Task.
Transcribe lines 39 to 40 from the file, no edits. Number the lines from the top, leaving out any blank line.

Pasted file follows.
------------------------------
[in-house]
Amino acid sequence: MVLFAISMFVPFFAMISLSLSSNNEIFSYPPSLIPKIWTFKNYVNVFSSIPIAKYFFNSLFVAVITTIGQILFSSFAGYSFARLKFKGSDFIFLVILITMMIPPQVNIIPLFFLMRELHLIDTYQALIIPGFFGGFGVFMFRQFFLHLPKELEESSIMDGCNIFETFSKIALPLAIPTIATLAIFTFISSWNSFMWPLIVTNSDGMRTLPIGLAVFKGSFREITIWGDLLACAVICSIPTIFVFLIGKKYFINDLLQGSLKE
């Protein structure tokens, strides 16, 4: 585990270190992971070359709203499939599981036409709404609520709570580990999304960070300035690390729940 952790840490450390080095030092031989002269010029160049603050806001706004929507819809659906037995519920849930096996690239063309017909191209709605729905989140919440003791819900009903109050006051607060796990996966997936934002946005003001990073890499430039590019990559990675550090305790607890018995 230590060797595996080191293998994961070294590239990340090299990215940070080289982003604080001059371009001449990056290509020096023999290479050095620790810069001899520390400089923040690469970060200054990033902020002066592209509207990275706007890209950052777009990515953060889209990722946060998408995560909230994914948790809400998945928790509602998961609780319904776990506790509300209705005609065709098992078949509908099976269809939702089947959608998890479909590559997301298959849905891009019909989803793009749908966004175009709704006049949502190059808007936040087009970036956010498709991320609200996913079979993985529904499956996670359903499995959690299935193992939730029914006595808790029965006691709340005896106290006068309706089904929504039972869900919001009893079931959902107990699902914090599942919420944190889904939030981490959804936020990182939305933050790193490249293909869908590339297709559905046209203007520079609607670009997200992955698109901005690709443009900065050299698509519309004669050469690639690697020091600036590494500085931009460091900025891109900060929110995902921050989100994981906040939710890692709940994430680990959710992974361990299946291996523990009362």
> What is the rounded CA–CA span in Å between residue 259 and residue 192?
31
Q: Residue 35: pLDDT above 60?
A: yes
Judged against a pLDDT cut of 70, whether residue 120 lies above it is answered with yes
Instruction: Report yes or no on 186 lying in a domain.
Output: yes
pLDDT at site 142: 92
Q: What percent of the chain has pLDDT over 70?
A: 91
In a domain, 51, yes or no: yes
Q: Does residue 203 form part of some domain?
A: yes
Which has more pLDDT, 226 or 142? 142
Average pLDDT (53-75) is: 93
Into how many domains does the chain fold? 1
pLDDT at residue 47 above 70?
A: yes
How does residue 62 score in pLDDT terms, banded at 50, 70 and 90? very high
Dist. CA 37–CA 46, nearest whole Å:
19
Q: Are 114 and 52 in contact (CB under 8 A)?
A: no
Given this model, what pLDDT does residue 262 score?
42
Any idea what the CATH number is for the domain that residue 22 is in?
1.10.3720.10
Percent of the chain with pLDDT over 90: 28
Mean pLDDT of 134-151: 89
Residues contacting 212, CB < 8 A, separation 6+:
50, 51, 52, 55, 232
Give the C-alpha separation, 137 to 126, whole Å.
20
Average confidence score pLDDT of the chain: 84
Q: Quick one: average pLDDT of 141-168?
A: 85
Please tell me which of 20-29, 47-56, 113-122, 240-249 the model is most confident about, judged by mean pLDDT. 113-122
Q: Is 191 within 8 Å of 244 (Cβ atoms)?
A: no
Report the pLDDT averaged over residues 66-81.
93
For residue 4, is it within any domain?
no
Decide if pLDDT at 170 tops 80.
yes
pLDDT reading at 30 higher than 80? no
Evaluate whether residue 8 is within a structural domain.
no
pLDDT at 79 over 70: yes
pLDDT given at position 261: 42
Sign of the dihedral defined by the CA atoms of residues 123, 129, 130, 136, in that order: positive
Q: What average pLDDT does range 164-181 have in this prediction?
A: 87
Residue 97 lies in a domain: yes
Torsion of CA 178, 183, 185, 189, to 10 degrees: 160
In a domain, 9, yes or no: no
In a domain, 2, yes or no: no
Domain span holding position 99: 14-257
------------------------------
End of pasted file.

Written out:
A: 85
Please tell me which of 20-29, 47-56, 113-122, 240-249 the model is most confident about, judged by mean pLDDT. 113-122